Fr. Louis Massignon’s clear message to effect peaceful relations and reconciliation with those of other faith traditions is to begin by opening our own minds and hearts to conquer our fear of differences. He spoke often of the need to “cross over” to the “other”, to learn their language, study their beliefs, practices and culture as the beginning of mutual respect and understanding. In the process of learning to truly know others, from the inside out so to speak, we find that our own values and belief systems become more defined and clear. Our faith experience is enhanced rather than diminished. The goal of “substutionary prayer”, of “Badaliyya”, is to see the face of Christ in every human person and learn to love them as Christ loves us.
As Christians we are challenged to overcome centuries of misinformation and prejudice that we have sometimes even unconsciously absorbed. In one of his books the Fransiscan Fr. Giulio Basetti-Sani writes about his own journey of studying the condemning writings of the scholars of his time about Islam and Muhammad and approaching Louis Massignon with those ideas. He wrote:
“Once, when Professor Massignon was in
Basetti-Sani quotes much more than this as he describes how, following Massignon’s advice, he began to move in a totally different direction in what became years of Islamic studies. He wrote: “Islam is a mystery linked with the blessing obtained by Abraham from God for his son Ishmael and Ishmael’s progeny. This line of thought, derived from the Bible, is the one to take in order to grasp the significance of Islam.... Before we parted, Massignon gave me two thoughts meant as guidelines in my reorientation, one from
I guess the brutally violent conquest of the great Christian City of Constantinople, as well as the Eastern European lands around it, with horrific slaughters and rapes of the Christian and Jewish populations therein during and after—including their institutionalized mistreatment under dhimmitude for centuries thereafter right into our own present—, was the pinnacle of that “reflection of the infinite goodness of God” which is “in Islam and the Muslims”, eh Father Basetti-Sani? There is, in the gushing placations that ooze from the mealy mouths of such Christians, a sort of profound masochism—as though they see in the Muslim a divine instrument of their own abasement and suffering as salutary and thus conducive to their suffering path toward salvation: but not in any way condemning that instrument’s brutality, Heavens no! No, rather positively welcoming it in a perversion of selfless love—a selflessness that, furthermore, turns out to be rather hollow, seeing as how it selfishly endangers all the innocents (including Christians) who are menaced by Muslims. Sometimes I think Nietszche was right about the corrupting and civilizationally debilitating weakness of Christianity. . . Thank God, nonetheless, that there were sufficient numbers of Christians with sufficient brains and balls to rally to the defense of the West, throughout the thousand years (7th century to the 17th century) that Muslims were attacking Europe.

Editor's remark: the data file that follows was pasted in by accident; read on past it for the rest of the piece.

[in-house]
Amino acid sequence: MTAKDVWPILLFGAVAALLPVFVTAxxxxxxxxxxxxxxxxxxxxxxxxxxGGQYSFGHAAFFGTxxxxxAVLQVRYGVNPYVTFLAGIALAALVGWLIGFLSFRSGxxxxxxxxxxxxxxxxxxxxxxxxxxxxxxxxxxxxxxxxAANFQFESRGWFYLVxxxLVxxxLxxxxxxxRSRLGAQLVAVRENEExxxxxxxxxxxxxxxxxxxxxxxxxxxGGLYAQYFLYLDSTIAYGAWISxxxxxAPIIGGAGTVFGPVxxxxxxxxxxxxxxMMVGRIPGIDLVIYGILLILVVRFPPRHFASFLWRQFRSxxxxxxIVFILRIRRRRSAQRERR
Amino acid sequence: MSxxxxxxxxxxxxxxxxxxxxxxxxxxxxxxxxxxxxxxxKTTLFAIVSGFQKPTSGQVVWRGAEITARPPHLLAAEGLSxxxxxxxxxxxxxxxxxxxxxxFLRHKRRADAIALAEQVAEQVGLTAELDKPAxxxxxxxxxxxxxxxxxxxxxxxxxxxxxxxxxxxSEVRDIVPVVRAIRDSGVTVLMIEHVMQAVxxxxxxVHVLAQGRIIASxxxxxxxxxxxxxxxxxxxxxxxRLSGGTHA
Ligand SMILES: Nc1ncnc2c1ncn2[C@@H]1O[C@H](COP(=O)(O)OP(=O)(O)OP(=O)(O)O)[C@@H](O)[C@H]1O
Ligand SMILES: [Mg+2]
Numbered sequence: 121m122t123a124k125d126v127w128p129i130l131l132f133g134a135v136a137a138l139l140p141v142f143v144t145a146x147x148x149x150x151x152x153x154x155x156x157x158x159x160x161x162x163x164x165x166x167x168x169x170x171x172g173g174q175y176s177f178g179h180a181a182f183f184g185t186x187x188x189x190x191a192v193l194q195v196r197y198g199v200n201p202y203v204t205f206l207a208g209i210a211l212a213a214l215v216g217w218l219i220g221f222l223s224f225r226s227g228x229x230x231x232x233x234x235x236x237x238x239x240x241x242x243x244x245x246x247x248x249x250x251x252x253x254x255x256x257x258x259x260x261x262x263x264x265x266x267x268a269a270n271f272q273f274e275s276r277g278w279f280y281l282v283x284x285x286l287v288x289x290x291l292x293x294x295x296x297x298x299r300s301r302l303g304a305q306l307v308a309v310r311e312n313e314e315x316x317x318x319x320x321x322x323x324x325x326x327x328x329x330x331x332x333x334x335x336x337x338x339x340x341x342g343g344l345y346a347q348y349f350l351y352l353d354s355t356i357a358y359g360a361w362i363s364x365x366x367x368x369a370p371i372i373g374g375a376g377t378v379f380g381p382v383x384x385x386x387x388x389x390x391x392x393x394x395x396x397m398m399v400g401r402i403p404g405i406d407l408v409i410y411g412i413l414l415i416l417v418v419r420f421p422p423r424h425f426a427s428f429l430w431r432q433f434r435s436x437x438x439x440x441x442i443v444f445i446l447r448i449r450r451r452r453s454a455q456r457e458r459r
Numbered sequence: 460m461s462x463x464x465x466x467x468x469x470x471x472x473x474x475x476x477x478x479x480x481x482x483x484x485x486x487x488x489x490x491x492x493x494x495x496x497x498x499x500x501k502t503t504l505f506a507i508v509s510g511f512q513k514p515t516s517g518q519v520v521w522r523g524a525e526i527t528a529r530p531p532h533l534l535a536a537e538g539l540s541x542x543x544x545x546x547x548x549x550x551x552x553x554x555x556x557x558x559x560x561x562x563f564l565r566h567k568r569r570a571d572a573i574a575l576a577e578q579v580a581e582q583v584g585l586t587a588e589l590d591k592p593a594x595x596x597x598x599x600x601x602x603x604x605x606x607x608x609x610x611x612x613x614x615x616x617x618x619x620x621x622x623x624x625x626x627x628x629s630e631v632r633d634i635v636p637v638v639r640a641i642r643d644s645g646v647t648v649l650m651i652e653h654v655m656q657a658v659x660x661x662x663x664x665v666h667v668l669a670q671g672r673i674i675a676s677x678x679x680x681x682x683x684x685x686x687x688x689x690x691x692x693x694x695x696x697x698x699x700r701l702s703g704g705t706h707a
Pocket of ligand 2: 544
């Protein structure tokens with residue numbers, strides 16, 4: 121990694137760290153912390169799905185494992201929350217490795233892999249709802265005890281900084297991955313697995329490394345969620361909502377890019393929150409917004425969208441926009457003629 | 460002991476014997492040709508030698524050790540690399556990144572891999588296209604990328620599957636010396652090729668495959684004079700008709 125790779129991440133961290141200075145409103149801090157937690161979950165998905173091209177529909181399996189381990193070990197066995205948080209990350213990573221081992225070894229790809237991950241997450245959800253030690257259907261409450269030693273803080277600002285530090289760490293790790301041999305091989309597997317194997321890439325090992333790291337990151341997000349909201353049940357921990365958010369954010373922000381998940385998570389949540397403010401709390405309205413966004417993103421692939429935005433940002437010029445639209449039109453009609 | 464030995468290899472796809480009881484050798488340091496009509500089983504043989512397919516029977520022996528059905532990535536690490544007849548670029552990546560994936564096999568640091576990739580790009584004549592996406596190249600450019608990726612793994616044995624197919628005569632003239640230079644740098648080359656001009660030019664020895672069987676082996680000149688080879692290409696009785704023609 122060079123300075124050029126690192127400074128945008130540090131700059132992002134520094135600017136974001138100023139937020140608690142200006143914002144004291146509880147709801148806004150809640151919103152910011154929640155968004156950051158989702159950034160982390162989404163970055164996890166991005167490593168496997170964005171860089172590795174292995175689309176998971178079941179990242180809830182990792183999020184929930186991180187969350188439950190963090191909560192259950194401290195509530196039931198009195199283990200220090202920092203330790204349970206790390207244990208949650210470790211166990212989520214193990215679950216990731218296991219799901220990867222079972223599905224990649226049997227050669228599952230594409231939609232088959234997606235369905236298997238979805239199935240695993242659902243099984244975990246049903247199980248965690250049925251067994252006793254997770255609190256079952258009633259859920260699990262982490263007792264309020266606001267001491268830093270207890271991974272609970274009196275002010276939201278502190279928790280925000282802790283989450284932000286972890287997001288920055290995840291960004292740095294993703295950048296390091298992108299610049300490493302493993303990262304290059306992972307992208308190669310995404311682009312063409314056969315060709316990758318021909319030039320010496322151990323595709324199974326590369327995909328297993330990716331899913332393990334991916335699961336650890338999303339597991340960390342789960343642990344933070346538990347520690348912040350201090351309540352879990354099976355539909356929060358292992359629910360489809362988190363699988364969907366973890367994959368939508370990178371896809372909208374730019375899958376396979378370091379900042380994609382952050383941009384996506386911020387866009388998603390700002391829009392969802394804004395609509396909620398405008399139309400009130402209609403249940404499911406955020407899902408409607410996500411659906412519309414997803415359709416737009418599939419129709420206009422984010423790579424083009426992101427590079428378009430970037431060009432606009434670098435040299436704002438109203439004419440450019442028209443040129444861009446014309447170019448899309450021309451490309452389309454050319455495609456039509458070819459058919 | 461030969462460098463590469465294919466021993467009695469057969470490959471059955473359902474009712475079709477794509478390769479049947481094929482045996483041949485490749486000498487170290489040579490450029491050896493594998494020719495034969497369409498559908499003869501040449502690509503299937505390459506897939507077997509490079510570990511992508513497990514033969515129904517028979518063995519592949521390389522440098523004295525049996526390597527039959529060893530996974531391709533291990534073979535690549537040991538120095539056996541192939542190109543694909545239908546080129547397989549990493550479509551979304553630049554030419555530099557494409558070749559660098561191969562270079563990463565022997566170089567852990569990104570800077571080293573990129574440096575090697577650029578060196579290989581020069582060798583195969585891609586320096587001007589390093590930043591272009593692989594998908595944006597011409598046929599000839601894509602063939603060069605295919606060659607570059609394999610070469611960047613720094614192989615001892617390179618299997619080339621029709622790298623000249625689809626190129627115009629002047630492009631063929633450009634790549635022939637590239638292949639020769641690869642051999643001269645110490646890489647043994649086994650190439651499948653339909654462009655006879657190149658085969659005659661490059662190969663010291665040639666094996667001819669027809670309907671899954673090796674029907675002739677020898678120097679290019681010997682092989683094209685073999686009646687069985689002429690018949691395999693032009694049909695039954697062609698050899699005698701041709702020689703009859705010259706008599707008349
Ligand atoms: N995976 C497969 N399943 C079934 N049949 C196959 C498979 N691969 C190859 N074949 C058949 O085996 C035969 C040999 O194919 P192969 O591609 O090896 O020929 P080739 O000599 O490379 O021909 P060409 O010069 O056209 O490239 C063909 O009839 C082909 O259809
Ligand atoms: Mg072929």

One such Christian was the great Greek Orthodox saint and mystic, Gregory Palamas who, as Andrew Bostom writes, “wrote this commentary while living as a captive amongst the Turks in 1354. . .”
(Note the year, a century before the conquest of Constantinople.)
Bostom then quotes Gregory Palamas:
For these impious people, hated by God and infamous, boast of having got the better of the Romans by their love of God. . . they live by the bow, the sword and debauchery, finding pleasure in taking slaves, devoting themselves to murder, pillage, spoil. . . and not only do they commit these crimes, but even—what an aberration—they believe that God approves of them. This is what I think of them, now that I know precisely about their way of life.
Finally, it seems—at least from his essay—that the irenically unhinged mysticism of Massignon colored his historiography, transmuting it into a kind of opposite of the materialist school exemplified by, among others, Fernand Braudel. Rather than focusing on the material and organic structures of life to extrapolate history—history from the bottom up, as it were—, Massignon seems to posit a sublimation of the historian up to a plane where he can tap into a deeper, higher trans-cultural and trans-temporal consciousness—sort of like Teilhard de Chardin and Thomas Merton meet Arnold Toynbee and all three have a cup of coffee with Jacques Derrida. Thus, though he does not, as a Marxist would, turn philosophy on its head in order to lead it by its materialist rear end, his mystical historiography does seem suffused with a sentimentalist concern and compassion for the suffering poor and oppressed Muslim masses—who, for Muslim apologists, of course, cannot ever be said to suffer due to anything that might be wrong, systemically, with Islam. When the poor suffer in the West, you see, it always has something to do with pathologies of Western civilization; but when the poor suffer in Islam, it can never have anything to do with pathologies in Islam, since Islam is perfect.